A troubled teen March 12, 2011 at 7:26 am

Wow wow wow. Thank you so much for this post. One mistake tht I use to do when writing articles for other sites in order to gain traffic was writing a wonderful article… Then telling myself ooo why should I publish this article here ,when i could put it on my own site instead. That selfish of me really hurt my traffic stats .

Urho Oskari - Learning SEO Blog March 22, 2011 at 5:45 am

“Reason: you picked a topic no one else cares about.”

I don’t think there is a such thing. Only wrong places to sell your topic. Try web forums, facebook groups or even newsgroups (yes, people still use them)

Victoria Morgan May 20, 2011 at 6:40 am

Getting Better All The Time! This is such great perspective. To successfully promote a business through social media means walking the finest of fine lines.

Usama June 13, 2012 at 7:33 pm

Great article initially I was concentrating on 7 topics. I narrowed it down to technology and after reading your article I will narrow it down to a sub niche of technology. Great article!

Article Piggy Bank July 4, 2012 at 4:59 pm

My problem is probably item number four.

My website is UGLY.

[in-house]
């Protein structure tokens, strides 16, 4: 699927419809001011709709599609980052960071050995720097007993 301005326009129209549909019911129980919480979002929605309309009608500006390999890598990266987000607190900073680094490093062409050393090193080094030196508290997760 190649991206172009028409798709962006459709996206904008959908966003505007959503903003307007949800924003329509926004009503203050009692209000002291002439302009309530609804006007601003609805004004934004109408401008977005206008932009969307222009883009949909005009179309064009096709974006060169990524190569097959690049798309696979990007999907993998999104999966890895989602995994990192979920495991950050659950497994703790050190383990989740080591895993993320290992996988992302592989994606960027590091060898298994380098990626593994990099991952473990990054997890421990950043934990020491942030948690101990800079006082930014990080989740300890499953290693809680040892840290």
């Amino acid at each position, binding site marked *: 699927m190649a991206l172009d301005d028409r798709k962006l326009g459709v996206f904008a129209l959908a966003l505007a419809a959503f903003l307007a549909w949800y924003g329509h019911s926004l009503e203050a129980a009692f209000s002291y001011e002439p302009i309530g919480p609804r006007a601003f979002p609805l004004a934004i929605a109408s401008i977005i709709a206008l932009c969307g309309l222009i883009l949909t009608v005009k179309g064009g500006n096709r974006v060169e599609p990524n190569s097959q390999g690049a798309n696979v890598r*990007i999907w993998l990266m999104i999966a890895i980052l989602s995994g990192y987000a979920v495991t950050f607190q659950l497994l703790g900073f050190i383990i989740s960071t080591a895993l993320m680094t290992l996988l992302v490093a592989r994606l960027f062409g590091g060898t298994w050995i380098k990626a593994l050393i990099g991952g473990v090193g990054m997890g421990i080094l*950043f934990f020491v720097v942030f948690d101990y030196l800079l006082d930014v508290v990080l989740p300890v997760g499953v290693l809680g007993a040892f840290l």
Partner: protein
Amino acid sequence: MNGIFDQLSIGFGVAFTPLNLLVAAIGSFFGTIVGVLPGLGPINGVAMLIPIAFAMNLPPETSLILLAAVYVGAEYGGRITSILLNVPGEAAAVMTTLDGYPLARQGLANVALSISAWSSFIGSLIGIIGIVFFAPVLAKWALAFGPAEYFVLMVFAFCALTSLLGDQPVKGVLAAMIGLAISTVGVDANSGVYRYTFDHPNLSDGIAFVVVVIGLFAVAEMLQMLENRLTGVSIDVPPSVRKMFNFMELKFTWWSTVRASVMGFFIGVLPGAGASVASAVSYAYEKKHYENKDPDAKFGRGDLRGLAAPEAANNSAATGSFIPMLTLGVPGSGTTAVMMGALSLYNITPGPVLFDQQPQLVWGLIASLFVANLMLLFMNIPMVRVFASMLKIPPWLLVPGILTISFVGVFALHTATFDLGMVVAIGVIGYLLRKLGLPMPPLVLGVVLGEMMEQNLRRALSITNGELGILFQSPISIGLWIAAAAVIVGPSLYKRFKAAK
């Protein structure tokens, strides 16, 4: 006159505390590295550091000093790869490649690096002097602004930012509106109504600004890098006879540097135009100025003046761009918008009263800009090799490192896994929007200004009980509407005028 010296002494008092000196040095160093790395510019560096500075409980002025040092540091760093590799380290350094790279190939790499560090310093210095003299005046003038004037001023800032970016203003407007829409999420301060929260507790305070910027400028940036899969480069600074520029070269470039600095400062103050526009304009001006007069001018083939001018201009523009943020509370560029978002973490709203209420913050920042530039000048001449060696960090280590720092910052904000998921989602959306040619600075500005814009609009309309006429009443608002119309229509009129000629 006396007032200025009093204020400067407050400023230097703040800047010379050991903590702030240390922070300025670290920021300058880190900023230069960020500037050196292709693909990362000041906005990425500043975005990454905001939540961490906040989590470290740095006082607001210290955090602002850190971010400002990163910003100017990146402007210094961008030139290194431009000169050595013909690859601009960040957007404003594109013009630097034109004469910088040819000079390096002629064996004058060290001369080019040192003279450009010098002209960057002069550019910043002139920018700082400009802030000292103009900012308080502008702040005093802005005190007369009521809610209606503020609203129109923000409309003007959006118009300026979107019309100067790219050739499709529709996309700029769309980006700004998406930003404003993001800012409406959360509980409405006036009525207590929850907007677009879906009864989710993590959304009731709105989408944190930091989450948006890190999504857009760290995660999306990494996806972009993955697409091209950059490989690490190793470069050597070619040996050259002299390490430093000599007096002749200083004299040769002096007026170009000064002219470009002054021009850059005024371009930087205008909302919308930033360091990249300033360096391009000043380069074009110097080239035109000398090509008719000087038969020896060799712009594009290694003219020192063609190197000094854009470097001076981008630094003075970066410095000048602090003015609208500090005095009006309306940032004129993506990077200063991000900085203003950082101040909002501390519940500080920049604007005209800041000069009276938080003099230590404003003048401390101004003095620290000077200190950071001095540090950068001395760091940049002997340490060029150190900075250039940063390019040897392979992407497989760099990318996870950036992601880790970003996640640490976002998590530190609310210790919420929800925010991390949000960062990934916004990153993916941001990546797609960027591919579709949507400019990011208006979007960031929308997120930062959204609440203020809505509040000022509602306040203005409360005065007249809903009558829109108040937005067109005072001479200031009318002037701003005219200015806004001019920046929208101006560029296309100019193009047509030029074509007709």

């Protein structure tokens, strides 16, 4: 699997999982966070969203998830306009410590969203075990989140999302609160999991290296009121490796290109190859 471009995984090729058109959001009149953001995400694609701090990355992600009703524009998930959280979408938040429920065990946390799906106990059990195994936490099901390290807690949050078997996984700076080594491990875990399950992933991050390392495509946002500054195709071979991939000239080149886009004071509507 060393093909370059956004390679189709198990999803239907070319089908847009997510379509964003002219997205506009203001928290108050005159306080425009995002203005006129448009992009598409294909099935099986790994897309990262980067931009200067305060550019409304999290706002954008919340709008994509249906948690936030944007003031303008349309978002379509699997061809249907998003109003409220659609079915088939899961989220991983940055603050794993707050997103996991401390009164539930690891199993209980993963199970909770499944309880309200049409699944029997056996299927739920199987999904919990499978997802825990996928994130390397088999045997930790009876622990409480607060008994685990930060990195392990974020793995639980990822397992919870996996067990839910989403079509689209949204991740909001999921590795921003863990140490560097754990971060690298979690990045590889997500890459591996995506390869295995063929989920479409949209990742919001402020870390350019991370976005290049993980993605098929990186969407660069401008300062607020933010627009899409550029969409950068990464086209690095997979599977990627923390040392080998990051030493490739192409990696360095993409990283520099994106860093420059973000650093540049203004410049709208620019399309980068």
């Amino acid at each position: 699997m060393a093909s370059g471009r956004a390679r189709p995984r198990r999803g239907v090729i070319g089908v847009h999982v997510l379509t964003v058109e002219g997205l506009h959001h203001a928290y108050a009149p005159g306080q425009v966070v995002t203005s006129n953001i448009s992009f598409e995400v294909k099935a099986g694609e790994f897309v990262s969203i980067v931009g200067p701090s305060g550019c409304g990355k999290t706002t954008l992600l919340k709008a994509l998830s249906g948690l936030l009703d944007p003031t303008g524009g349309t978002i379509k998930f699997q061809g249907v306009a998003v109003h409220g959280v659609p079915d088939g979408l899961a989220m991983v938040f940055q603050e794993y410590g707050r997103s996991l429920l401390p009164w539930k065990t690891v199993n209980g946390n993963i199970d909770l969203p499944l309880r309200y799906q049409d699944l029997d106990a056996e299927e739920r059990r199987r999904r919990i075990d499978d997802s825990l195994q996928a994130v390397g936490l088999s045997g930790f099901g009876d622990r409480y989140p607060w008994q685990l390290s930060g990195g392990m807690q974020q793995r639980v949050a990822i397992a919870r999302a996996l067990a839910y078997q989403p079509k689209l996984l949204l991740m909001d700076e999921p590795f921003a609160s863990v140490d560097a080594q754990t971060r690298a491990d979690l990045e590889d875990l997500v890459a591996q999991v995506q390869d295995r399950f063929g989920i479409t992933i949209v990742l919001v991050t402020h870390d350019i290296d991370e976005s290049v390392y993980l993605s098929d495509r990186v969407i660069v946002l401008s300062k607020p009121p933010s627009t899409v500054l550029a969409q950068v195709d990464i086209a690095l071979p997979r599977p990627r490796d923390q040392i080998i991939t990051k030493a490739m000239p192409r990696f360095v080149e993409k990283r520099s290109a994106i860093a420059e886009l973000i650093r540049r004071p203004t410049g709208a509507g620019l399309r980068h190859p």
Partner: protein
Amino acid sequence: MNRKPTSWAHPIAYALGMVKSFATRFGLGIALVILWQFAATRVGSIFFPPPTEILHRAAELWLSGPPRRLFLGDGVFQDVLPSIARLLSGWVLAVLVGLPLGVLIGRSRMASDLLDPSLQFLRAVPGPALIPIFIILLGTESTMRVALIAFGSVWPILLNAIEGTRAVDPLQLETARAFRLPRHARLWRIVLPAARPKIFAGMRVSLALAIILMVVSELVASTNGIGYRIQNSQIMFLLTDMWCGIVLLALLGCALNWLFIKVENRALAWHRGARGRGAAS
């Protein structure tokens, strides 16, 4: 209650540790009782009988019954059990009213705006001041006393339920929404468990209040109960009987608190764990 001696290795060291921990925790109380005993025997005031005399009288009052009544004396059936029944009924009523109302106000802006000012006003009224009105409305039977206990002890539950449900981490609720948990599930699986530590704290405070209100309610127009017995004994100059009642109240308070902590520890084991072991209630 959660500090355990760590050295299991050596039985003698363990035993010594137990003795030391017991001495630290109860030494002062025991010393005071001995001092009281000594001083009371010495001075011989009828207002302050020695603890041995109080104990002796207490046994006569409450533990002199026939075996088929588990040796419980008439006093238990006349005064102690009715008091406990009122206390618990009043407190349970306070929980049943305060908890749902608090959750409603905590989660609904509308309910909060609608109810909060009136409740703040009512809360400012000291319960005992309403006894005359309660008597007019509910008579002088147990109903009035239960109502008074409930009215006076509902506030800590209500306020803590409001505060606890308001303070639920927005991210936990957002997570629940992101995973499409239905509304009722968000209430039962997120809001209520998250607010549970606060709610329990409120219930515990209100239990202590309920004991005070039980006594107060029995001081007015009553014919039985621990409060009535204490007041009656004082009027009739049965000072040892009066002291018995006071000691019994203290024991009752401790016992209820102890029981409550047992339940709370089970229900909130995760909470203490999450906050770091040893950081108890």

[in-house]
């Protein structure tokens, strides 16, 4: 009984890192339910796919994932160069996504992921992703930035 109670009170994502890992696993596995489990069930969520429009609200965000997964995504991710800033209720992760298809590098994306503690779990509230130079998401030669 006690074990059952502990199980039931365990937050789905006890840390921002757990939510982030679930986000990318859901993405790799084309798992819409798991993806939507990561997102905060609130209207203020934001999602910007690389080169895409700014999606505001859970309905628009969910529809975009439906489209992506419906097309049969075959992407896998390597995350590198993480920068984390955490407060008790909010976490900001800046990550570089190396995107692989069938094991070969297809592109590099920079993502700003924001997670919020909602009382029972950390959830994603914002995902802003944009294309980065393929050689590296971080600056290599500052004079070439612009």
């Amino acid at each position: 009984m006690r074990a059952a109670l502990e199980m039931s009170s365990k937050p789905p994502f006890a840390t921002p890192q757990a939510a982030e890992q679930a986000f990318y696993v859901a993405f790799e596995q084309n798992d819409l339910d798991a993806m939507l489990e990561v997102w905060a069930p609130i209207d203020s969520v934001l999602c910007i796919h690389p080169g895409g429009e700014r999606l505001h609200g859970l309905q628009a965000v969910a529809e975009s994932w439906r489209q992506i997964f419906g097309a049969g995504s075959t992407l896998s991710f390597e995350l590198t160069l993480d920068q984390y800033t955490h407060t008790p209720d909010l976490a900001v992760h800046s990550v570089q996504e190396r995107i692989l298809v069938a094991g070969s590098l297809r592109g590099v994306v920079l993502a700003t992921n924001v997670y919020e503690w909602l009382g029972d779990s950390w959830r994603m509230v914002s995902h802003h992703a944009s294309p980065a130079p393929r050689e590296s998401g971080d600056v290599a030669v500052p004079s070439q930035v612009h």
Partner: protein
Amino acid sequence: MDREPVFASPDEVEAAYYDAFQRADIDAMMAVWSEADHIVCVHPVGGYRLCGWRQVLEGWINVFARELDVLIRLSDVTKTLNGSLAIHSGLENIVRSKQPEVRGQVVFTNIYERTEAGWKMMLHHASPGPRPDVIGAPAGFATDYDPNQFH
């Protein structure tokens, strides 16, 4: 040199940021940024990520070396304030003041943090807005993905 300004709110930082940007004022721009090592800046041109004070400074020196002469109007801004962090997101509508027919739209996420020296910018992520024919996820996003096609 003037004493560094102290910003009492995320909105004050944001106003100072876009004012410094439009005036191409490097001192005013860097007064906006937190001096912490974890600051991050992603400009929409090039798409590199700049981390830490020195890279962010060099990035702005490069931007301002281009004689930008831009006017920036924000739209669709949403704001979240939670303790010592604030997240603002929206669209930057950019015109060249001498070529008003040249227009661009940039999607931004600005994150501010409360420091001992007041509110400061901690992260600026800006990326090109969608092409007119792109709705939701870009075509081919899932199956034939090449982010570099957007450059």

I’m working on it though.

It’s gonna take some time but at least it’s a start!

ejita karim hunzai August 9, 2012 at 12:03 pm

Wow, lots of thanks for this post, I strongly agree with #2. I don’t have website yet but I am much more passionate to develop a website, I will keep your reasons and solutions in my mind during developing my site and you saved my life :) :) :) Thank You

Nick June 12, 2013 at 4:02 pm

Thanks for the advice! I have been struggling with increasing traffic to my site and I really appreciate the tips.

The Christian Heretic March 23, 2010 at 9:41 am

Very true.

My blog tends to be pretty topical, and generally remains near the top of the results on search engines for certain keyword searches, so some of my pages never stopped getting traffic, but traffic definitely went down when I stopped writing as often. Now that I’m getting back into the swing of things we’ll see how it goes.